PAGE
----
Results: Physicians and patients in all study areas perceived the existence of coordination and continuity across levels, especially referring to information transfer and consistency of medical indications, treatments and tests. Nevertheless, limitations were also identified, some of which varied between healthcare areas and informant groups. Main differences of perceptions of physicians of the different study areas related to referrals and accessibility across care levels. First, concerning coordination/continuity of information, both informant groups perceived its existence, described by the transfer of information across care levels via a shared medical history system and its uptake. Physicians across the areas pointed out that, as a result of information sharing, the care provision across levels was consistent and follow-up at the other care level facilitated. For its part, patients indicated that they were spared from carrying test results and commenting on antecedents or preceding visits. However, physicians also reported some limitations of information transfer, e.g. missing reason for referrals or recommendations for follow-up. Whilst GPs indicated insufficient uptake of information by some specialists, patients highlighted limited use by emergency and locum doctors. Second, concerning consistency of care, both informant groups perceived that physicians generally provided the same diagnosis and treatment to the patient and that incompatibilities of medications were rare. Moreover, few test duplications were reported by physicians and patients. According to physicians, consistency was achieved particularly through the coordination of information across levels and direct communication to respond to questions about diagnosis and treatment and to reach consensus. In addition, physicians reported that care is generally provided at the appropriate care level and according to patient needs, which was similar to patients’ accounts indicating the receipt of care at right level and when necessary. Nevertheless, some specialists reported that referrals to their care level were inadequate and some GPs of Ciutat Vella and Girona highlighted that in some occasions necessary secondary care was not provided (too early emergency and impatient discharge and referral rejections). A few patients of all healthcare areas expressed absent referral resulting in the patient seeking private care and a perceived loss of time and resources. Finally, concerning accessibility across levels, both informant groups perceived adequate waiting times for urgent specialized care. However, according to some GPs, waiting times were too long for non-urgent secondary care after a referral and in Girona for some specific tests, resulting in diagnostic and therapeutic delays. Occasionally, some patients reported interruptions in the diagnostic process and treatment due to long waiting times for non-urgent secondary care.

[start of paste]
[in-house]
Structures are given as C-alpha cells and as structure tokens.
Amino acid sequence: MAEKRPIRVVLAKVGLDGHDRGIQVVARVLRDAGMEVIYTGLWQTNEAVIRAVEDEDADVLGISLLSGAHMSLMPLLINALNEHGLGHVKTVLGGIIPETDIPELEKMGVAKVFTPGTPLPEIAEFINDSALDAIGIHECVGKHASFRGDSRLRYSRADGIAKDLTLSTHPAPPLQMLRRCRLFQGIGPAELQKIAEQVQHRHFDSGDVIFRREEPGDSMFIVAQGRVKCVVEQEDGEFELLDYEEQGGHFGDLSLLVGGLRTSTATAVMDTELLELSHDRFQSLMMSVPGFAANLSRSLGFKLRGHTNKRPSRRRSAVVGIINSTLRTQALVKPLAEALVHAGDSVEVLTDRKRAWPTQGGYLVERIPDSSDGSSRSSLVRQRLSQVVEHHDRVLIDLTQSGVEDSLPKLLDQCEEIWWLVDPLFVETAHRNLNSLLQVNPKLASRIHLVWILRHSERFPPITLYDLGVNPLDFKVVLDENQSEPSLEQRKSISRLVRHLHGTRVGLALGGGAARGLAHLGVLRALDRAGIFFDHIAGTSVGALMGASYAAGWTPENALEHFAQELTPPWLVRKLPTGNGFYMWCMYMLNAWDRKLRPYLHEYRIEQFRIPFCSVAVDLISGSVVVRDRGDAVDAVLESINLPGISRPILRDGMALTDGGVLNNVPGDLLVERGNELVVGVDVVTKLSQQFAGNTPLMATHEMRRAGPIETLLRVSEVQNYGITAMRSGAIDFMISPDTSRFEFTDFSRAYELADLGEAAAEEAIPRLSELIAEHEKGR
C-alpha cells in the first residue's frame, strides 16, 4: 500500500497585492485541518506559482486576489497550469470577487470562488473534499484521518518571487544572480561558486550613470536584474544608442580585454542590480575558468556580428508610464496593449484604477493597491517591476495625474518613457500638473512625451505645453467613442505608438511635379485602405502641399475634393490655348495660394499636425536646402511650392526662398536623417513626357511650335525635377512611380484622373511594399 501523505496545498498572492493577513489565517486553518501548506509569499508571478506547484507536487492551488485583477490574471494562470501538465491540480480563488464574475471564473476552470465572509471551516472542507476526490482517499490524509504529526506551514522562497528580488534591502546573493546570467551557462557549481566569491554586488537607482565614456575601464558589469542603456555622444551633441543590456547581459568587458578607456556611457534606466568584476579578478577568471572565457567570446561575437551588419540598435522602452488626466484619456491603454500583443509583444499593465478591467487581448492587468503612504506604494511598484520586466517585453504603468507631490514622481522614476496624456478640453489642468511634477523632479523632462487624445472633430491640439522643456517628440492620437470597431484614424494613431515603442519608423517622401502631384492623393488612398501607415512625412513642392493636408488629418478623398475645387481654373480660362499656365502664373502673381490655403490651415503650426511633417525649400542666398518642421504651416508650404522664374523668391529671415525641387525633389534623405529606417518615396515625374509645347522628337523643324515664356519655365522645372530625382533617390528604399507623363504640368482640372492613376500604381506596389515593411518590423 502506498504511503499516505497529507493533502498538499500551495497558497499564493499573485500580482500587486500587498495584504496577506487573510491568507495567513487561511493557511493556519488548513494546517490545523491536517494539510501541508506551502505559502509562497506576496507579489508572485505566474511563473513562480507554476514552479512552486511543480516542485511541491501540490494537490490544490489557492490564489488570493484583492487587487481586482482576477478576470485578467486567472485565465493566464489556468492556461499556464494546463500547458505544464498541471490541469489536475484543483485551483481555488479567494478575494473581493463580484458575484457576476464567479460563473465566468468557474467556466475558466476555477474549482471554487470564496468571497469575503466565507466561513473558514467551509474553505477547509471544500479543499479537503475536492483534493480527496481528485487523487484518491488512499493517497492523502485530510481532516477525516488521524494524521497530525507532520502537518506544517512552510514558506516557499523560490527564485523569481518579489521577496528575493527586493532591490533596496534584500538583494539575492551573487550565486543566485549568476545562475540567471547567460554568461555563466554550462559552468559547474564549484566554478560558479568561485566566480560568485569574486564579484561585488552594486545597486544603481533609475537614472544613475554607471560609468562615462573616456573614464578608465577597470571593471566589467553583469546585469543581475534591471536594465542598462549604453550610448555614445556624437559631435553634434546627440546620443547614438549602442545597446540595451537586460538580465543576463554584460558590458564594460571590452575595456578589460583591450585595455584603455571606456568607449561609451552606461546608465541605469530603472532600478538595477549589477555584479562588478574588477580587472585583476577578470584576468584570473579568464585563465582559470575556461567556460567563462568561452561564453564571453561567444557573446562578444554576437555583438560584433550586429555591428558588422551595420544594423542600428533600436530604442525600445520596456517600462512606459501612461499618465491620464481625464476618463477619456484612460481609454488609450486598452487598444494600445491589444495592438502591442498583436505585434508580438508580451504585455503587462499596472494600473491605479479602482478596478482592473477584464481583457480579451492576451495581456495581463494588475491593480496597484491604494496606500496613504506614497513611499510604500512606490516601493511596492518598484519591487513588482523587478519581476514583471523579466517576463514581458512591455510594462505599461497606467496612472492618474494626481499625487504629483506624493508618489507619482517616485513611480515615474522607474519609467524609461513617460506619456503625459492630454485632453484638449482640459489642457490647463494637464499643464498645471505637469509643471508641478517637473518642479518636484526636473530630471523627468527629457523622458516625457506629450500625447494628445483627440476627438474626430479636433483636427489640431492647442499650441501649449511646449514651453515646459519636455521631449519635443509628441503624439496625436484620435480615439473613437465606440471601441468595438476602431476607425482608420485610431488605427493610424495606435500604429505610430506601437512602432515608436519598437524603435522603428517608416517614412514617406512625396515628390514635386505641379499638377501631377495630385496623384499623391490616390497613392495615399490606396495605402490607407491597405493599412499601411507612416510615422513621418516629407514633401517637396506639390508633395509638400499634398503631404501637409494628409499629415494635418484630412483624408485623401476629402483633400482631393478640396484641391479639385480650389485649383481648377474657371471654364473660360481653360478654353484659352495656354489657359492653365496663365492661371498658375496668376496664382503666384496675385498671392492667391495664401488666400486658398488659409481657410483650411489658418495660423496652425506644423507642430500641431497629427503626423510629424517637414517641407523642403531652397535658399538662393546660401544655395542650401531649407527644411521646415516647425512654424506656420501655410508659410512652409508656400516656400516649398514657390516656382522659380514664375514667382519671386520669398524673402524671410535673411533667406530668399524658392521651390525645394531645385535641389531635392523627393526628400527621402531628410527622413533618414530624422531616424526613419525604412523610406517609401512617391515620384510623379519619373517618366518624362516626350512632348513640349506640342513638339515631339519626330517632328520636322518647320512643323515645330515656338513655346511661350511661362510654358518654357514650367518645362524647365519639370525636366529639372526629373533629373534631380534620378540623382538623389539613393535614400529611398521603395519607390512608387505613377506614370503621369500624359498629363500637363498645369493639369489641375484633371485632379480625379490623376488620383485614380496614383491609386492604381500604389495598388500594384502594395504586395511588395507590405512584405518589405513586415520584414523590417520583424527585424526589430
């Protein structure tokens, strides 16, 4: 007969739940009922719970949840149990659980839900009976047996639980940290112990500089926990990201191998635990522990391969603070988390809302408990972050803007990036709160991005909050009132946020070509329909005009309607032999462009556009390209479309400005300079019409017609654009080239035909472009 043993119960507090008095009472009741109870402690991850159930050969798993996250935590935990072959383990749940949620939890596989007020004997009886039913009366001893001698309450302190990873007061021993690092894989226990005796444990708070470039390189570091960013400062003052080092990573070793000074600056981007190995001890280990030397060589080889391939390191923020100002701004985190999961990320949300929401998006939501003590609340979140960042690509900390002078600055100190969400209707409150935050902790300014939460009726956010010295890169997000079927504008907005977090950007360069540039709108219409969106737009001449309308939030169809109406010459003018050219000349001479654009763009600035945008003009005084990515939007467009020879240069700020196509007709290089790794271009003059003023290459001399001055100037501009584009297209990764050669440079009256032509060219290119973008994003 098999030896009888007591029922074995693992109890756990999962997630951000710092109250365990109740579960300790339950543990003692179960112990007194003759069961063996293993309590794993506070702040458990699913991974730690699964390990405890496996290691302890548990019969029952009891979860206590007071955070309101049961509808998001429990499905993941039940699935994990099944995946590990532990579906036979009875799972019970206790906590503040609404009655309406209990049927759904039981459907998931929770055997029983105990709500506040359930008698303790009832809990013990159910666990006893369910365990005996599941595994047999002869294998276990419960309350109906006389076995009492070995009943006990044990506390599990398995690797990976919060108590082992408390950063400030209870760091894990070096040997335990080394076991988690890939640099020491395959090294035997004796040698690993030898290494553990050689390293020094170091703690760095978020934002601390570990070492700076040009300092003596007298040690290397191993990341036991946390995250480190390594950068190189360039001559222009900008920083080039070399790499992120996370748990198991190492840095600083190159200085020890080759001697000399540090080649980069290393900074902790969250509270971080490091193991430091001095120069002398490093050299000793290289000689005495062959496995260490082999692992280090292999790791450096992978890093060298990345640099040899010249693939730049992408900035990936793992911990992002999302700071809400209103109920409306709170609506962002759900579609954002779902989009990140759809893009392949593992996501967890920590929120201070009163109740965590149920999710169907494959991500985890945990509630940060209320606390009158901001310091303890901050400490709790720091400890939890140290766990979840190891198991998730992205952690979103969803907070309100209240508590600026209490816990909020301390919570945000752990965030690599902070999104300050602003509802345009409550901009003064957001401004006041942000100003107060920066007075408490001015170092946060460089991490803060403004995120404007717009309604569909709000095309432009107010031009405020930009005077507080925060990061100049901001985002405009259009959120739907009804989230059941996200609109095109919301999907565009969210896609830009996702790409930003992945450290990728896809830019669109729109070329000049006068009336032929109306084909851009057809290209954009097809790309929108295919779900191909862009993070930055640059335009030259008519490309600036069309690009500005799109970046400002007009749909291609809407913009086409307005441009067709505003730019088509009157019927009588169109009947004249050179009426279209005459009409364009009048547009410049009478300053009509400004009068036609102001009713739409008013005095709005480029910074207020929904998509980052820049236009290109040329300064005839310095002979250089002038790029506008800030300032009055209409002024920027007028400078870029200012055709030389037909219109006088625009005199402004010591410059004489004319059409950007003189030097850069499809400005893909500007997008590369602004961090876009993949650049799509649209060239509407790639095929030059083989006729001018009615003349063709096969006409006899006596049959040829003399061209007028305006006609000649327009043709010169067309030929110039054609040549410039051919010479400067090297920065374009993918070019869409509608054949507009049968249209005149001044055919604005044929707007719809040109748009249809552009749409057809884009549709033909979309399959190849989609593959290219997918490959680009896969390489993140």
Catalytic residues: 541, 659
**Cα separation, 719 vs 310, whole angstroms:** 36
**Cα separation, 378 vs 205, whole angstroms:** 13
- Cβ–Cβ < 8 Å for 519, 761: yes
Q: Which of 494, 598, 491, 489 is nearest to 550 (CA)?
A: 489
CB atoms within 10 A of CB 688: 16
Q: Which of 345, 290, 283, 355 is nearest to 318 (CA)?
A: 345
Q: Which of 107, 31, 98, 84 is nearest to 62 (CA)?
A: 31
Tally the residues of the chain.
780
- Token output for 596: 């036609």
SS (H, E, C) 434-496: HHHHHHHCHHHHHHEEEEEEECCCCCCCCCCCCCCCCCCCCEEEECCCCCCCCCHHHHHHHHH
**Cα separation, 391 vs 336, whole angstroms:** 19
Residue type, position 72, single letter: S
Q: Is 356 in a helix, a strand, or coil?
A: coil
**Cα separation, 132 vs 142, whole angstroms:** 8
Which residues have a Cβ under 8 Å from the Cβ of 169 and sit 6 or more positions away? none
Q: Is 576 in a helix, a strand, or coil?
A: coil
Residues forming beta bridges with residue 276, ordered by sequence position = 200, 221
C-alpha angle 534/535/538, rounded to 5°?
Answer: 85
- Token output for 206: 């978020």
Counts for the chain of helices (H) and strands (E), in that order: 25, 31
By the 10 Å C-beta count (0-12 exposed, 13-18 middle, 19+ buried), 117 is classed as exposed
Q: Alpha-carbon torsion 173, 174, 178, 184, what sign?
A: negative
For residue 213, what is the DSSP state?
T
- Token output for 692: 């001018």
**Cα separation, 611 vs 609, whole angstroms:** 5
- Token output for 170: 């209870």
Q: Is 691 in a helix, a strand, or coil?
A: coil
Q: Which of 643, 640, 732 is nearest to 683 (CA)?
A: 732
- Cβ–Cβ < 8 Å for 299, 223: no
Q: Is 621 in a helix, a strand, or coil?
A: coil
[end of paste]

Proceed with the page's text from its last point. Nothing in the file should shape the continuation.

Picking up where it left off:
Discussion: Physicians and patients generally perceived that coordination and continuity across care levels existed in the study areas. However, some interruptions were also identified, such as the insufficient uptake of information or long waiting times for non-urgent secondary care. Results further suggest similar perceptions in all areas, as well as congruent reports by physicians and patient, with a few specific differences in highlighted problems.

Conclusion: Coordination and continuity across care levels appears to exist in the areas studied, with certain exceptions that highlight where there is room for improvement. 

How to Cite: Waibel S, Aller MB, Vargas I, Vázquez ML, Coderch J, Cots F, et al.. Coordination and continuity across care levels in the Catalan national health system: differing perceptions of physicians and users?. International Journal of Integrated Care. 2016;16(6):A167. DOI:
Published on 16 Dec 2016.